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Foto: Nina Hol

At the new CSR, inactive members face consequences

Henk Strikkers,
3 september 2020 - 14:27

Inactive student council members are a growing problem, and the new Central Student Council (CSR) wants to try and put an end to it. Members who are absent too often may lose their voting rights or financial compensation.

It’s been a trend for a number of years, says departing chairman Pjotr van der Jagt. ‘There is declining activity among members of the Central Student Council.’ Technically there are fourteen elected student representatives’, he said in March. ‘But sometimes just four of us make decisions.’

‘If you have not been present for a while, you have less knowledge of what’s at stake’

He asked his successor, Nina Hol, to find out if it would be possible to hold back part of an inactive member’s financial compensation (a student in the council receives between 2,200 and 4,240 euros a year whereas a delegate from a Faculty Student Council who is also a CSR member can receive up to 7,470 euros. The five board members of the CSR receive up to 8,340 euros). The compensation is meant to compensate for study delay and members receive part of it when they are elected, but there is also a ‘commission surcharge’ of 170 euros a month for ‘active membership’ of a committee. Van der Jagt: ‘I would like for there to be a definition of “active member”.’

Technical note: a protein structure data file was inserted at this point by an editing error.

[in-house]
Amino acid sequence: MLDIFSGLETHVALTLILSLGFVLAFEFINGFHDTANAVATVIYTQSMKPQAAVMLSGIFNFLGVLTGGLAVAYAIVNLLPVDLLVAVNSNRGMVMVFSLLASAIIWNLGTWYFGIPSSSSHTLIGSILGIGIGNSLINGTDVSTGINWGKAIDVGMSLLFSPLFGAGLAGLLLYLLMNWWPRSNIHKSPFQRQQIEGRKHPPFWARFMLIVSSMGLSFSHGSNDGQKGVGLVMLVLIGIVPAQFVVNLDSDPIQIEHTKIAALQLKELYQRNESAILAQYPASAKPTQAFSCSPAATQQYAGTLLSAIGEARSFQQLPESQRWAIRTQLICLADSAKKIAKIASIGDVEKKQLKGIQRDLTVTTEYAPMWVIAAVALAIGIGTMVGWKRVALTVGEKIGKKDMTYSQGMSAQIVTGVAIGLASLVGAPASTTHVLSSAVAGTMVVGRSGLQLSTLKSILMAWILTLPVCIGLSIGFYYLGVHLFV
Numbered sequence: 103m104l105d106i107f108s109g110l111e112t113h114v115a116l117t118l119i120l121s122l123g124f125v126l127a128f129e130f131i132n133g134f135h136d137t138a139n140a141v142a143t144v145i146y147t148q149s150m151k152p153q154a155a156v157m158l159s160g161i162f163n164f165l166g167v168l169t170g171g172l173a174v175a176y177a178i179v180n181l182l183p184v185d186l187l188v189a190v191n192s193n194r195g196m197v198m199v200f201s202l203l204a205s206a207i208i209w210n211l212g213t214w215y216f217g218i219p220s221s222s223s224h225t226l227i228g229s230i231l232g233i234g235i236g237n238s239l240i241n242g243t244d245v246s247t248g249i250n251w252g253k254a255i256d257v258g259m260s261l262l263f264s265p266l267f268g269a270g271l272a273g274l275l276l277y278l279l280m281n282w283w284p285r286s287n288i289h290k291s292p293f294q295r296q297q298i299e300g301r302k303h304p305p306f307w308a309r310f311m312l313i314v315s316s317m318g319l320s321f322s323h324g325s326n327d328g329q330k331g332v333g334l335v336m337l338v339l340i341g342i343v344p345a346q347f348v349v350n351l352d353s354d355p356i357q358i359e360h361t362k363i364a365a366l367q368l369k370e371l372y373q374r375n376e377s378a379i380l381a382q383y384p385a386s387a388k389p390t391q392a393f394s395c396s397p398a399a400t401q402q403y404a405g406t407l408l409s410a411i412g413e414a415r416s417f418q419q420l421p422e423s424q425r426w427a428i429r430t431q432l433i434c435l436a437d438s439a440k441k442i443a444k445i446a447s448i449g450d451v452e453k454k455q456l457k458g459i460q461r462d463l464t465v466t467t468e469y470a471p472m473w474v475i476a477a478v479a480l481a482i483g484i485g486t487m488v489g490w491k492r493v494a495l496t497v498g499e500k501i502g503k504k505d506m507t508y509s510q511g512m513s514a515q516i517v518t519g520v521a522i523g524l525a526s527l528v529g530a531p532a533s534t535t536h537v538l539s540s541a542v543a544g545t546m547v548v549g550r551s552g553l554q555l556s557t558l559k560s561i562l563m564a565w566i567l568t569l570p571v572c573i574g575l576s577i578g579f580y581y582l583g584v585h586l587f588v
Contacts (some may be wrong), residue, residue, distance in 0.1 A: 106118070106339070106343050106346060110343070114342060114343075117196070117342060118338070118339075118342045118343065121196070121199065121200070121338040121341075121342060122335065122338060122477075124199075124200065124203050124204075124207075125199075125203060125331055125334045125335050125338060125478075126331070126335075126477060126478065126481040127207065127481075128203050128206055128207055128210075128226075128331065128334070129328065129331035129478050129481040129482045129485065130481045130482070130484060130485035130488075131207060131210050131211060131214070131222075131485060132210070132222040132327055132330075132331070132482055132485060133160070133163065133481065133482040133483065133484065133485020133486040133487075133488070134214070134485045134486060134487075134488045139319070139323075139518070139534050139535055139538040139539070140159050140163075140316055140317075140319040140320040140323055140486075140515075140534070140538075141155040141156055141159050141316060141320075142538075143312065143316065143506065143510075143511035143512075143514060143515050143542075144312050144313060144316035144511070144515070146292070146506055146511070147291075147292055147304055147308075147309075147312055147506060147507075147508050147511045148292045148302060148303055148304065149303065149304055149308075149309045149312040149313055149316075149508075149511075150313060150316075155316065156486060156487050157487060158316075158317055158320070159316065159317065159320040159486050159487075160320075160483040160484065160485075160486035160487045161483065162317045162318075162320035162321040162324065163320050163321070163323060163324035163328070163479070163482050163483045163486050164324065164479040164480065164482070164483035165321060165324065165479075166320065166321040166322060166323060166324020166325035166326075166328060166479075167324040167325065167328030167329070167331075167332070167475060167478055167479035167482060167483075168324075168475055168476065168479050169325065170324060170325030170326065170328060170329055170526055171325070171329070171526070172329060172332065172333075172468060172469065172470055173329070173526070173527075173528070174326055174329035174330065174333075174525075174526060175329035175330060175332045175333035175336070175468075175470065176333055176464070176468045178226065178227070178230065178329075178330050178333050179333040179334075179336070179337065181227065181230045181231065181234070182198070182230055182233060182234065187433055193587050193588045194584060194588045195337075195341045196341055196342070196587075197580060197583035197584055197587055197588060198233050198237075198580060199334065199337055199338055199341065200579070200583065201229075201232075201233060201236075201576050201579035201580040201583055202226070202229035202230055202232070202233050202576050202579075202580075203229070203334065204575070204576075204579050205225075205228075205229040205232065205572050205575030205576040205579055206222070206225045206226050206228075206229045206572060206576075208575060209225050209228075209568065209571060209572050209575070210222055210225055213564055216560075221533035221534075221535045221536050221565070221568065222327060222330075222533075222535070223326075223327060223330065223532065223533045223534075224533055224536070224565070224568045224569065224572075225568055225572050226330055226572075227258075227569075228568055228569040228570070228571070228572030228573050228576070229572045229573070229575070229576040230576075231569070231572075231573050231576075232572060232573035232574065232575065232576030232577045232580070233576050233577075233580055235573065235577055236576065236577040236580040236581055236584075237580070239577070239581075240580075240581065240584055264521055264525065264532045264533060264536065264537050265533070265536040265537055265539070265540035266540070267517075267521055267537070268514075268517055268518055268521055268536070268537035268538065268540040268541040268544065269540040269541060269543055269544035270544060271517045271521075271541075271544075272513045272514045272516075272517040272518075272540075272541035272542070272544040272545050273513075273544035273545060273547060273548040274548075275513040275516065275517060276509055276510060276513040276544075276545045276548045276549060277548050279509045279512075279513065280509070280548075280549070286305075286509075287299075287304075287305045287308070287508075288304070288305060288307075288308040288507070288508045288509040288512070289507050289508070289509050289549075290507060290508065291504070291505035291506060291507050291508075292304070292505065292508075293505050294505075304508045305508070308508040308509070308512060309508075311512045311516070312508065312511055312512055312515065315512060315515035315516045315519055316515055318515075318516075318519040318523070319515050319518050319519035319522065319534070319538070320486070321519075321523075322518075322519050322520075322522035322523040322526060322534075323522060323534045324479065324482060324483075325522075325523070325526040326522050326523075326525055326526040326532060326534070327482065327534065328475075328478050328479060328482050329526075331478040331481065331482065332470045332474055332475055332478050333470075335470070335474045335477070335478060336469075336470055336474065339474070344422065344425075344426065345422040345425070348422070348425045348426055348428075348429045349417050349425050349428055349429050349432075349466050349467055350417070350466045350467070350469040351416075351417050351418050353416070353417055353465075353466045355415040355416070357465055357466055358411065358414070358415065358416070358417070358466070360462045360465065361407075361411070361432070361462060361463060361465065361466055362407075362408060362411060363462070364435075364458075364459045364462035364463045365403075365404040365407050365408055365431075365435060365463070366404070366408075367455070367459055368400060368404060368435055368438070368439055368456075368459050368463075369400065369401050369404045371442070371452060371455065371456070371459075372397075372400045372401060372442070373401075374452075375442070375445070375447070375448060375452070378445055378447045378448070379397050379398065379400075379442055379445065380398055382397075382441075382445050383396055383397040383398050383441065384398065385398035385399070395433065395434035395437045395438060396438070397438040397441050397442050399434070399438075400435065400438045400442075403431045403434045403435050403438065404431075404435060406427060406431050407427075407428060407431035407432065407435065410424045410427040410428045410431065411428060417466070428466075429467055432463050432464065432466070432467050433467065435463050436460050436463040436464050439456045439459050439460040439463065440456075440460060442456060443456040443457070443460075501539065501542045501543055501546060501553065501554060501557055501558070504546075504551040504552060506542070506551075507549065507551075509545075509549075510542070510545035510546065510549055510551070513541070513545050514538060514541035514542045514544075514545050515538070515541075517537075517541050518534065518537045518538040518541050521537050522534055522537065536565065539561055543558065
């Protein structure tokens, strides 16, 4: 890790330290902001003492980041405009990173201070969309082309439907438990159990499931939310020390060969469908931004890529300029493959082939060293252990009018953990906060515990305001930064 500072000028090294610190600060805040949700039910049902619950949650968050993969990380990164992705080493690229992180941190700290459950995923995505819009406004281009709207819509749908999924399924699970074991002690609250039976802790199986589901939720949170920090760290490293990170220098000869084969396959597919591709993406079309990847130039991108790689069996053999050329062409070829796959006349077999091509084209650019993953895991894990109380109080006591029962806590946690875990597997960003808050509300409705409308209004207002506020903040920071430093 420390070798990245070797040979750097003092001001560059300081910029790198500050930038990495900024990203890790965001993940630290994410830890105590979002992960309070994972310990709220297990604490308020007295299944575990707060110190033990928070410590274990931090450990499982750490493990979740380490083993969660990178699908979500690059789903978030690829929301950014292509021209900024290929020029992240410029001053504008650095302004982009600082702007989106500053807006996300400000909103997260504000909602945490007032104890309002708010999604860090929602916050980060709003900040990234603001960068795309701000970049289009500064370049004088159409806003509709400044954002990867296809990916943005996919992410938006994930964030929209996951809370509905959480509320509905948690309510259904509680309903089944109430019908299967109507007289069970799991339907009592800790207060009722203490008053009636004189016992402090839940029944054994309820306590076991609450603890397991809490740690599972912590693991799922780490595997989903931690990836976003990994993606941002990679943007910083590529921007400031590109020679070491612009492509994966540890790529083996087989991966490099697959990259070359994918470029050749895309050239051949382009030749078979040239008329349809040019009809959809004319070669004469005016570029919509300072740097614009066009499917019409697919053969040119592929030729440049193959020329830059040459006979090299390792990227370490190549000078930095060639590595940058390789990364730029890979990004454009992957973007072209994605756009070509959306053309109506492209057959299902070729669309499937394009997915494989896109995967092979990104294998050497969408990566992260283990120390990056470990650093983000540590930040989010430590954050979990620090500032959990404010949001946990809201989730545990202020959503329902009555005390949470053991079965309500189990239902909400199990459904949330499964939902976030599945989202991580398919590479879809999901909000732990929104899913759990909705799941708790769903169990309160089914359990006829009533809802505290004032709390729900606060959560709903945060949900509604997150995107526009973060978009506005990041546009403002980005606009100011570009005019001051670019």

The proposal to withhold compensation was accepted by the CSR, says chair Nina Hol. ‘We decided that members will only receive payment if they attend over 60 per cent of meetings per semester.’ It is not yet certain whether this will actually be implemented, however. ‘It’s the university that pays, so it has to agree.’

Voting rights
Another suggestion, which states that members who have missed three meetings will lose voting rights at the next meeting, is more controversial. Hol: ‘You then have to attend a meeting where you cannot vote before you are able to vote again. If you have not been present for a while, you have less knowledge of what’s at stake.’ The proposal eventually won a majority, but the Legal Affairs department of the UvA is not yet able to comment to what extent a withdrawal of voting rights would be binding.
‘It should be clear that this is not a dictatorship,’says Hol. ‘If something is going on and you miss a meeting, we’re not immediately going to take away your right to vote.’